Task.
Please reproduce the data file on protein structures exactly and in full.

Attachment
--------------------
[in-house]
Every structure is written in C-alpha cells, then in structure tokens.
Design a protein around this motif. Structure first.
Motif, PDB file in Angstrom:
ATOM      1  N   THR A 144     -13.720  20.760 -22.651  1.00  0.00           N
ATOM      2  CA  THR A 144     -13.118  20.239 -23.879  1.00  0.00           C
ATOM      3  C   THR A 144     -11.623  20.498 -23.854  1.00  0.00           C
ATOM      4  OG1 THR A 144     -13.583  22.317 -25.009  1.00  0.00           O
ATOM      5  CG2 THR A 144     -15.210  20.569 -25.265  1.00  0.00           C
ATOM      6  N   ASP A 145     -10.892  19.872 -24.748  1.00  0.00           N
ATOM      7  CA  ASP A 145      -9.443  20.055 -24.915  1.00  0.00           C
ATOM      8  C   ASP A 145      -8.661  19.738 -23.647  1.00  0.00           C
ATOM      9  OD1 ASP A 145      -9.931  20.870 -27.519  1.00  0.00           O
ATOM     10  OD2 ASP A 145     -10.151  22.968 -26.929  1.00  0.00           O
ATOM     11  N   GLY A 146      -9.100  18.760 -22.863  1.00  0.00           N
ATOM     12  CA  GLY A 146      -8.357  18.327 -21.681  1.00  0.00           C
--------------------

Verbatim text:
[in-house]
Every structure is written in C-alpha cells, then in structure tokens.
Design a protein around this motif. Structure first.
Motif, PDB file in Angstrom:
ATOM      1  N   THR A 144     -13.720  20.760 -22.651  1.00  0.00           N
ATOM      2  CA  THR A 144     -13.118  20.239 -23.879  1.00  0.00           C
ATOM      3  C   THR A 144     -11.623  20.498 -23.854  1.00  0.00           C
ATOM      4  OG1 THR A 144     -13.583  22.317 -25.009  1.00  0.00           O
ATOM      5  CG2 THR A 144     -15.210  20.569 -25.265  1.00  0.00           C
ATOM      6  N   ASP A 145     -10.892  19.872 -24.748  1.00  0.00           N
ATOM      7  CA  ASP A 145      -9.443  20.055 -24.915  1.00  0.00           C
ATOM      8  C   ASP A 145      -8.661  19.738 -23.647  1.00  0.00           C
ATOM      9  OD1 ASP A 145      -9.931  20.870 -27.519  1.00  0.00           O
ATOM     10  OD2 ASP A 145     -10.151  22.968 -26.929  1.00  0.00           O
ATOM     11  N   GLY A 146      -9.100  18.760 -22.863  1.00  0.00           N
ATOM     12  CA  GLY A 146      -8.357  18.327 -21.681  1.00  0.00           C